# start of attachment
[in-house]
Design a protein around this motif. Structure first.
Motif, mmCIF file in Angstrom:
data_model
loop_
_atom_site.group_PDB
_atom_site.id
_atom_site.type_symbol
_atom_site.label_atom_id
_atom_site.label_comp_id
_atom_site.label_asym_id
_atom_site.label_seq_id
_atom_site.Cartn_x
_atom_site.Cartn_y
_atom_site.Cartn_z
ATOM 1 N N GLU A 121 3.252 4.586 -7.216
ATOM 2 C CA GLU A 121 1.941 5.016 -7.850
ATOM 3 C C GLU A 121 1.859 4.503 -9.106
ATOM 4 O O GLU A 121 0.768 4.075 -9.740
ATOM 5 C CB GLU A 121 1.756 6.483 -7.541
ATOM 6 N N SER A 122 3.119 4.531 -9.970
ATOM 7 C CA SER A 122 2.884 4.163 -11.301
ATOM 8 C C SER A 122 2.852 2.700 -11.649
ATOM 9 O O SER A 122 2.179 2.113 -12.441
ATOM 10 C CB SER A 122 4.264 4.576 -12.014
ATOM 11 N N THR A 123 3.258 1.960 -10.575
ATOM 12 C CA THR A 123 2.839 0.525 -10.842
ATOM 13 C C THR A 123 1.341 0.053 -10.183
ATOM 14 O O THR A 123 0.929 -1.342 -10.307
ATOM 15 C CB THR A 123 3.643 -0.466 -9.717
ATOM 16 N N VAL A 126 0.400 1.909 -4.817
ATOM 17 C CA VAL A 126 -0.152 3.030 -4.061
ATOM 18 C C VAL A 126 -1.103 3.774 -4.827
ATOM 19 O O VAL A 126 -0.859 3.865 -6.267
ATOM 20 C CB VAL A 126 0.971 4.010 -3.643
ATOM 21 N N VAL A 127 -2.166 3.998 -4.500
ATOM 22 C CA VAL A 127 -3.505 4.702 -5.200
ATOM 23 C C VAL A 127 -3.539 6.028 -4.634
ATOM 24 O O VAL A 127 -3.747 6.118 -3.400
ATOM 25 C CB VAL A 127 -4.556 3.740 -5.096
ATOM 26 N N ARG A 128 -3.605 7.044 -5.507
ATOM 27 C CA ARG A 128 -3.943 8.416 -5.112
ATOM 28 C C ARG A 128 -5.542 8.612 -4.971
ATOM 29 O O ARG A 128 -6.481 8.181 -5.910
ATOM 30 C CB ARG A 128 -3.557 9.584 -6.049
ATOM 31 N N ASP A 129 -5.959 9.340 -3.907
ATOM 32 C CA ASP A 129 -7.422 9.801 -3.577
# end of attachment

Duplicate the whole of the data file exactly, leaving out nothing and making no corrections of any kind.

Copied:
[in-house]
Design a protein around this motif. Structure first.
Motif, mmCIF file in Angstrom:
data_model
loop_
_atom_site.group_PDB
_atom_site.id
_atom_site.type_symbol
_atom_site.label_atom_id
_atom_site.label_comp_id
_atom_site.label_asym_id
_atom_site.label_seq_id
_atom_site.Cartn_x
_atom_site.Cartn_y
_atom_site.Cartn_z
ATOM 1 N N GLU A 121 3.252 4.586 -7.216
ATOM 2 C CA GLU A 121 1.941 5.016 -7.850
ATOM 3 C C GLU A 121 1.859 4.503 -9.106
ATOM 4 O O GLU A 121 0.768 4.075 -9.740
ATOM 5 C CB GLU A 121 1.756 6.483 -7.541
ATOM 6 N N SER A 122 3.119 4.531 -9.970
ATOM 7 C CA SER A 122 2.884 4.163 -11.301
ATOM 8 C C SER A 122 2.852 2.700 -11.649
ATOM 9 O O SER A 122 2.179 2.113 -12.441
ATOM 10 C CB SER A 122 4.264 4.576 -12.014
ATOM 11 N N THR A 123 3.258 1.960 -10.575
ATOM 12 C CA THR A 123 2.839 0.525 -10.842
ATOM 13 C C THR A 123 1.341 0.053 -10.183
ATOM 14 O O THR A 123 0.929 -1.342 -10.307
ATOM 15 C CB THR A 123 3.643 -0.466 -9.717
ATOM 16 N N VAL A 126 0.400 1.909 -4.817
ATOM 17 C CA VAL A 126 -0.152 3.030 -4.061
ATOM 18 C C VAL A 126 -1.103 3.774 -4.827
ATOM 19 O O VAL A 126 -0.859 3.865 -6.267
ATOM 20 C CB VAL A 126 0.971 4.010 -3.643
ATOM 21 N N VAL A 127 -2.166 3.998 -4.500
ATOM 22 C CA VAL A 127 -3.505 4.702 -5.200
ATOM 23 C C VAL A 127 -3.539 6.028 -4.634
ATOM 24 O O VAL A 127 -3.747 6.118 -3.400
ATOM 25 C CB VAL A 127 -4.556 3.740 -5.096
ATOM 26 N N ARG A 128 -3.605 7.044 -5.507
ATOM 27 C CA ARG A 128 -3.943 8.416 -5.112
ATOM 28 C C ARG A 128 -5.542 8.612 -4.971
ATOM 29 O O ARG A 128 -6.481 8.181 -5.910
ATOM 30 C CB ARG A 128 -3.557 9.584 -6.049
ATOM 31 N N ASP A 129 -5.959 9.340 -3.907
ATOM 32 C CA ASP A 129 -7.422 9.801 -3.577